Recently Man became aware of the harmful effects of the ever-increasing number of synthetic insecticides and pesticides he has formulated, produced and exposed himself to. These hazardous chemical products initially intended for insects and pests now turned to be the silent (passive) killing agents of Man-himself and, Environmental disruptors (pollutants). These killing agents are called Persistent Organic Pollutants (POPs).
The greatest revolution of pest control formulation – the development of Synthetic Organic Pesticides was during the Second World War (World War 2) in the 20th Century. World War 2 was fought in the tropics, where insect vectored diseases like typhus, malaria, sleeping sickness to name a few, posed potentially devastating effects to human resources efforts of the war, affecting both sides. This prompted researchers to prioritized effective insecticides.
In the USA hundreds of chemicals from manufacturers were screened for insecticidal properties. One of those routinely tested materials –DDT was found to be what was been looked for by researchers. DDT was manufactured by a Swiss by the Gba Geigy Chemical Company of Switzerland, developed by a Swiss chemist, Paul Mueller. The DDT is a highly toxic substance (even in small quantities/doses) to virtually eliminate insects. On the other hand, the Western Allies came up with the Chlorinated Hydrocarbons, another equally toxic insecticidal compounds. The third group of synthetic organic insecticides the “cabamates” was also discovered by the Swiss in 1940s.
The following are some of the commonly known POP insecticides and pesticides:
1. Aldrin: a pesticide applied to soils to kill termites, corn rootworms, grasshoppers and other insect pests;
2. Chlordane: an insecticide extensively and intensively used in crop production as a broad spectrum insecticide;
3. DDT: widely used during World War 2 to protect soldiers and civilians from malaria, sleeping sickness and other diseases. In the recent past it was used in The Gambia to control malaria.
4. Dieldrin: this used to control termites, textile pests, vector control and soil borne insects;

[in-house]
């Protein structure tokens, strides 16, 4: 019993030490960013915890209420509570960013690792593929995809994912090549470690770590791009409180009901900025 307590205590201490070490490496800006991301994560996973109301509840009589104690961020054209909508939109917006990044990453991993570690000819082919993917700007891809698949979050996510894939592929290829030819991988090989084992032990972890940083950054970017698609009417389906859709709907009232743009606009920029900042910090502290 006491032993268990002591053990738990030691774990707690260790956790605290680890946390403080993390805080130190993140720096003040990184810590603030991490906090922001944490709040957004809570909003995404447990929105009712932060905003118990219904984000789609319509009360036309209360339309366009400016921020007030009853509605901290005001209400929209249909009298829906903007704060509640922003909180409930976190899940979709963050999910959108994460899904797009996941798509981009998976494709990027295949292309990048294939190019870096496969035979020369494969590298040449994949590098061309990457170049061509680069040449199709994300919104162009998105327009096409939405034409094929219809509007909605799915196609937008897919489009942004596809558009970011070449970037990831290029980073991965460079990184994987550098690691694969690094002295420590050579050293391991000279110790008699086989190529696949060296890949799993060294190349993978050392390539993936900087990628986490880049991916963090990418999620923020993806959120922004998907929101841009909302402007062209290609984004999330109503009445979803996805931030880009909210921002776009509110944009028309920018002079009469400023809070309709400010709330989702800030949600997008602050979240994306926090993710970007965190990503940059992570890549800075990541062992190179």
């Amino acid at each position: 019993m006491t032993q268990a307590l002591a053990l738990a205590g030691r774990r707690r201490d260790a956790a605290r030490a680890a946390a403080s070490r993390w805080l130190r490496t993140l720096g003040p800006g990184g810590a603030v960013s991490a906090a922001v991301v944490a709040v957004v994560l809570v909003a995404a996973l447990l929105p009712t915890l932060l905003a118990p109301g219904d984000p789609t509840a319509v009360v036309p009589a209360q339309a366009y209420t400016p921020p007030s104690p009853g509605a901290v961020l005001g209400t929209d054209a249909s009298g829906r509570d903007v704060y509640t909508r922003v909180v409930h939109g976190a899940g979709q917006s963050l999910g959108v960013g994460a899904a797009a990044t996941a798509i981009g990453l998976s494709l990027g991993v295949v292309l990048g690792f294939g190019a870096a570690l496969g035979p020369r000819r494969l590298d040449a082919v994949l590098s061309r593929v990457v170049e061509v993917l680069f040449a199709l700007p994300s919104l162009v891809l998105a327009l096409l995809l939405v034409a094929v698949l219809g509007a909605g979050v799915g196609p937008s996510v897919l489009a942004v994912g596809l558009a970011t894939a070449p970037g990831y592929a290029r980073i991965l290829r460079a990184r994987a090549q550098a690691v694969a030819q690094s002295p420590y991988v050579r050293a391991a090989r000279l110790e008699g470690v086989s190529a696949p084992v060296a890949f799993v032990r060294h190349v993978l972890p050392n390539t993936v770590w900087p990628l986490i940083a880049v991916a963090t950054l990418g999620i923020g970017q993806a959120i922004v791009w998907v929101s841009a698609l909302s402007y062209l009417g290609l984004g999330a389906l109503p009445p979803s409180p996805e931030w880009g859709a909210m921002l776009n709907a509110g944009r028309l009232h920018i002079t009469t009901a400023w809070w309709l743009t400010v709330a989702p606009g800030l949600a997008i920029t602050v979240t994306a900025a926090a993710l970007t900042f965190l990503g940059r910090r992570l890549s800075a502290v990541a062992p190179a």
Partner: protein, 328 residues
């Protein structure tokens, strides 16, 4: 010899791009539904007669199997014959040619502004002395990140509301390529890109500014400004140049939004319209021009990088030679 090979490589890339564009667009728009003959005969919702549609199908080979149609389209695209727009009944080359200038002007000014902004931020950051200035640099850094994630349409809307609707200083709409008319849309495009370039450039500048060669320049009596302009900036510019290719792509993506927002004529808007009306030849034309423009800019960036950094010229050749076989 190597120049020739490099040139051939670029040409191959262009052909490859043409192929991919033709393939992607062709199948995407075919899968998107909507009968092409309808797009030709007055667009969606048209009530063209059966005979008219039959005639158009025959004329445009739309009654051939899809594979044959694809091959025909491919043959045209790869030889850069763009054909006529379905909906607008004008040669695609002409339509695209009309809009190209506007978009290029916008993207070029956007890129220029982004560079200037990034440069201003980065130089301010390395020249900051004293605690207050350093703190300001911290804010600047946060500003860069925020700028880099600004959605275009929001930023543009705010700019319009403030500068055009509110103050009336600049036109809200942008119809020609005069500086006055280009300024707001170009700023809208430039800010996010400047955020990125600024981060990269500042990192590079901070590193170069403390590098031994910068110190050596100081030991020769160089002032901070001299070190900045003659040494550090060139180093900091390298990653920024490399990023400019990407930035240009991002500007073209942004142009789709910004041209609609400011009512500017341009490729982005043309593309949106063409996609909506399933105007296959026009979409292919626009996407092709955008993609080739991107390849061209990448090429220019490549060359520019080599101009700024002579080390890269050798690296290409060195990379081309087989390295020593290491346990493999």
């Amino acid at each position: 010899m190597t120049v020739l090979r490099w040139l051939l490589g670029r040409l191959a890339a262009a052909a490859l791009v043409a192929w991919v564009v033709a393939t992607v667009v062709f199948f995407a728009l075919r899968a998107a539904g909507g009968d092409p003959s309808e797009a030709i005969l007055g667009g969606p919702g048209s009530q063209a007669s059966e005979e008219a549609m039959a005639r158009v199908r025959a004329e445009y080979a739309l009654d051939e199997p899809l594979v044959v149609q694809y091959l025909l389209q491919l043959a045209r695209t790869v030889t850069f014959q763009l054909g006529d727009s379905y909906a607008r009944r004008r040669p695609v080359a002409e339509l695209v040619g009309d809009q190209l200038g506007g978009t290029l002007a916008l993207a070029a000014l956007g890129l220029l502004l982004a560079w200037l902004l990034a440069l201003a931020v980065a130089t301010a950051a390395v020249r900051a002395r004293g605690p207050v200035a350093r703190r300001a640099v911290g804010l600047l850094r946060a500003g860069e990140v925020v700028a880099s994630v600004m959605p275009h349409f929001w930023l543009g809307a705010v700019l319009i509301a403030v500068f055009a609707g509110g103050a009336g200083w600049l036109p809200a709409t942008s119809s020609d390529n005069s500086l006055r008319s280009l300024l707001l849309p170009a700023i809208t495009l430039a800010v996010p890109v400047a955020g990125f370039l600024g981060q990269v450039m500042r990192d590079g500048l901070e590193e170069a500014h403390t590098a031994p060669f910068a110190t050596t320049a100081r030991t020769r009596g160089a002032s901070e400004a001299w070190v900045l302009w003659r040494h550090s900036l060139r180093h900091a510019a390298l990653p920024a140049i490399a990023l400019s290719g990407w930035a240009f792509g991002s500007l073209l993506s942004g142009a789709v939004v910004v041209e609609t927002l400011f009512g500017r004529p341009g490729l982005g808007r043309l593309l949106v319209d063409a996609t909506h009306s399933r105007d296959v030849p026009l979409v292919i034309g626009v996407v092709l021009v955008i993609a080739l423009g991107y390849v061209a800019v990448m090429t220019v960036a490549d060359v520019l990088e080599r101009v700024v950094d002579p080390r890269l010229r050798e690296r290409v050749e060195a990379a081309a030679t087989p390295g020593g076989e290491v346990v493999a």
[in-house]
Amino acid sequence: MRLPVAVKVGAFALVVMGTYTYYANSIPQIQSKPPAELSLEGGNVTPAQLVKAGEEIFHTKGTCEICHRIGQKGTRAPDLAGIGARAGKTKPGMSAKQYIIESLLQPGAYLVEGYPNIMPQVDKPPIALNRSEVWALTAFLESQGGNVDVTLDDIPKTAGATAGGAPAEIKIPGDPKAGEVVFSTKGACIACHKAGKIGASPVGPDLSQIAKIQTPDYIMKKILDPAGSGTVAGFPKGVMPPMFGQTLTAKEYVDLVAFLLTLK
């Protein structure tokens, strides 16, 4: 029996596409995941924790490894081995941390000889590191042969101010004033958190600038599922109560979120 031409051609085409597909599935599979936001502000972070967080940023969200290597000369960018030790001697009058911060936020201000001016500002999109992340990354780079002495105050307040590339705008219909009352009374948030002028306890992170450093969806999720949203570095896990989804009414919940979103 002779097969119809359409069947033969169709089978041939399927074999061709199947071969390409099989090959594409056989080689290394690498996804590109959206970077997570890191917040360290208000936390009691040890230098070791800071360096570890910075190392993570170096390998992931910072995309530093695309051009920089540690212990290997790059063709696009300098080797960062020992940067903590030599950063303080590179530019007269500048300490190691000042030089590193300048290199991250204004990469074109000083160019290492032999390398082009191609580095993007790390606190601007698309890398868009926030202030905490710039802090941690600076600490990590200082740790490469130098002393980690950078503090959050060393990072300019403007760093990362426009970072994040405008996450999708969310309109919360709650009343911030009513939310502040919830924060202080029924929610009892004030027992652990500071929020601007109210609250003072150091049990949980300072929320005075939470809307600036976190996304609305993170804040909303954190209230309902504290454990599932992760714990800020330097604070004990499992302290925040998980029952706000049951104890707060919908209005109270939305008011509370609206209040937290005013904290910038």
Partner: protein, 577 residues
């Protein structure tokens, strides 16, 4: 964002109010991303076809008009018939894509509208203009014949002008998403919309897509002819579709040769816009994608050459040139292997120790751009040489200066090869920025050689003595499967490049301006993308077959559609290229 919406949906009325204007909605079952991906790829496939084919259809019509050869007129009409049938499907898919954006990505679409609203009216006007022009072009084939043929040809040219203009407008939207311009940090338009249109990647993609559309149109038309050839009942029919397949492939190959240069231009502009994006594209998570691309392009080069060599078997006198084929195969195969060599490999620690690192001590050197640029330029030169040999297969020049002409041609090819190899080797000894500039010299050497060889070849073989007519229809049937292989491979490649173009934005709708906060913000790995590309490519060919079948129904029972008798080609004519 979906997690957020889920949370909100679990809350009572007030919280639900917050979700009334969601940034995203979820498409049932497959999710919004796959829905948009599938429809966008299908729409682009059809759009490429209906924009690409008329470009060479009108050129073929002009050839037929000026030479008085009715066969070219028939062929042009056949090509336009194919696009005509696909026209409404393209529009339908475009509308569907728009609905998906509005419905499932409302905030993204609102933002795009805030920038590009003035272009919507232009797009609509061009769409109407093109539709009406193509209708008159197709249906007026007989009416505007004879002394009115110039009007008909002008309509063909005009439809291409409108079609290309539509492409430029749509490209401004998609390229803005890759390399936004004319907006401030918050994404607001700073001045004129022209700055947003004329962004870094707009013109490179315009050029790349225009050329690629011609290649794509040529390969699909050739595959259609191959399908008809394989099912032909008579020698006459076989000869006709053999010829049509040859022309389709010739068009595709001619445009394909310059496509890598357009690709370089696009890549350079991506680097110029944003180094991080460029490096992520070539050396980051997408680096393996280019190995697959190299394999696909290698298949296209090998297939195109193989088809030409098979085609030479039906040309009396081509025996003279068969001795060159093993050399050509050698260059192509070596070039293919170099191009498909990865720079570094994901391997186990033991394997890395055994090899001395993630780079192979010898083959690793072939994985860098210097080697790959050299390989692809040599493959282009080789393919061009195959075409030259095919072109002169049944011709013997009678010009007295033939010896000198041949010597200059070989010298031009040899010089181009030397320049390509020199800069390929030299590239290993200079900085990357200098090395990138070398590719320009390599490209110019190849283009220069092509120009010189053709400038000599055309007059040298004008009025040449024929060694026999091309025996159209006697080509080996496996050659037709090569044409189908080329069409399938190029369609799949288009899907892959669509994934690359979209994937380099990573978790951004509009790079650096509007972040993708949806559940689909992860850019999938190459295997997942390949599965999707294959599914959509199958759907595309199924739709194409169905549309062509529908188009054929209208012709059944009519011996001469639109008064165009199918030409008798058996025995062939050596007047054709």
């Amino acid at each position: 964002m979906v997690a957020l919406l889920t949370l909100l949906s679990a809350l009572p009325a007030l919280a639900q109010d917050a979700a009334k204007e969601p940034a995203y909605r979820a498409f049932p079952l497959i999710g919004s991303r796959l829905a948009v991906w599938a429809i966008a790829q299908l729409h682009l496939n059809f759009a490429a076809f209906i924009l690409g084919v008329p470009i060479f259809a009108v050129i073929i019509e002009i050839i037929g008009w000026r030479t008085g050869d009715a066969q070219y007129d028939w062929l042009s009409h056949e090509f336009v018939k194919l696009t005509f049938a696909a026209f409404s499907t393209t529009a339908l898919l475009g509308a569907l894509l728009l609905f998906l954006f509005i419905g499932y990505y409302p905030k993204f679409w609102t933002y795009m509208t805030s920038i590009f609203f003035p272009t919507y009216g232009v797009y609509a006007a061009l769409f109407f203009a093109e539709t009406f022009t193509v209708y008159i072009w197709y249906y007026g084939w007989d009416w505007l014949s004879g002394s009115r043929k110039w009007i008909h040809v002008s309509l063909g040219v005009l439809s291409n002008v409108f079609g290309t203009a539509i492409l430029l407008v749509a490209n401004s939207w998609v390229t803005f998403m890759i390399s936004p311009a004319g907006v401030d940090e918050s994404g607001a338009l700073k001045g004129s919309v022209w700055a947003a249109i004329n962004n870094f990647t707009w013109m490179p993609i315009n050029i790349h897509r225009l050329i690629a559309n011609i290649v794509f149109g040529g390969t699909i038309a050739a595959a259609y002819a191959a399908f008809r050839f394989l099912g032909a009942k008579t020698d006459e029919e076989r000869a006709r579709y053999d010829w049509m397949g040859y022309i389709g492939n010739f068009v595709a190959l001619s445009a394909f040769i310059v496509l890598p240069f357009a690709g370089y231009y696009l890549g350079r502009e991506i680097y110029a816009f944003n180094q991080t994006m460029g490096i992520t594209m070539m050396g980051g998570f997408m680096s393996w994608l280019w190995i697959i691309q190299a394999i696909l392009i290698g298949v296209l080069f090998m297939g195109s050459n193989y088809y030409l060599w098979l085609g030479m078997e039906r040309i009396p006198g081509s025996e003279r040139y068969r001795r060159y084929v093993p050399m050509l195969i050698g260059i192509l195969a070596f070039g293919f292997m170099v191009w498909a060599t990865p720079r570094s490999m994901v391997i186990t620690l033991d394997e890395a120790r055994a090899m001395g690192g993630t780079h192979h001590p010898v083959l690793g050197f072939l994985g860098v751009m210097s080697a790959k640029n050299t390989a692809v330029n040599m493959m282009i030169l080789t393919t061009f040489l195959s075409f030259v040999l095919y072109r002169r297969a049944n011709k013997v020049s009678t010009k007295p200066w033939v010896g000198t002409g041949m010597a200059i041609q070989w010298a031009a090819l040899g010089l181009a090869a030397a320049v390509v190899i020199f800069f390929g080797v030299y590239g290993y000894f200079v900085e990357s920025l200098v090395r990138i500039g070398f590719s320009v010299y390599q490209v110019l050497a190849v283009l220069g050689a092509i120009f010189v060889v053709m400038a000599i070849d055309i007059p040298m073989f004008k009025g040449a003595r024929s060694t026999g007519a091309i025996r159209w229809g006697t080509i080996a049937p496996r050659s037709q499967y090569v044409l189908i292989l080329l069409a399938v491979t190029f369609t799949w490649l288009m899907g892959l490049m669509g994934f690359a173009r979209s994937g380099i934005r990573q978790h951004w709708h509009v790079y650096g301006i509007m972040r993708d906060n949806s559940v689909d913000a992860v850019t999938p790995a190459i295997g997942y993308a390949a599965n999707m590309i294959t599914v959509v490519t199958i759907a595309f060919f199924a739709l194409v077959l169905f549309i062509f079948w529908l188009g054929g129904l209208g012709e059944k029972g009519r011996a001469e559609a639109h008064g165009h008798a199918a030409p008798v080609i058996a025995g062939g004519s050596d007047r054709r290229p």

5. Dioxin and Furans: they are unintentionally produced chemicals from incomplete combustion. They (furans) have also been found in exhaust of automobiles, smoke from wood, coal and tobacco;
6. Endrin: used in cotton and grains cultivation as spray and also rodenticide;
7. Heptachlor: used against termites, cotton and soil insects, grasshoppers, crops pests and mosquitoes to control malaria;
8. Mirex: used as fire retardants in plastics, rubber, electrical goods and also as insecticides against termites and ants;
9. Polychlorinated Biphenys (PCB): used as heat exchange fluids in electrical transformers and capacitors and as additives in paints and plastics;
10. Toxaphane: commonly known as camphechlor, used as abroad spectrum insecticide against ticks in livestock and mites;
11. Lindane: used as broad spectrum insecticide for seed and soil treatment. Also used for tree and wood treatment and, against ecto-parasites in veterinary and human applications;
12. Chlordane: a synthetic chlorinated organic mainly used as an agricultural pesticide;
13. Endosulphan: generally used as an insecticide in crops and against ecto-parasite in livestock. Highly toxic to human and environment and has been associated with deaths in farm workers in some parts of Africa and Asia.
However, the popular and wide use of the synthetic insecticides started in the late 1950s. Though the initial purpose was to control disease-carrying- and- infectious insects, after the war the agricultural enterprise became a good market for the synthetic insecticides and pesticides. The reasons being that they were cheap (cost effective), effective even in small quantities, easy to apply and are highly toxic.
By: Baboucarr Mbye
Stay Green Gambia (SGG)
(Reference: Dr. Roland Weber; Intergovernmental Forum on Chemical Safety (IFCS) and UNEP POPs Guide)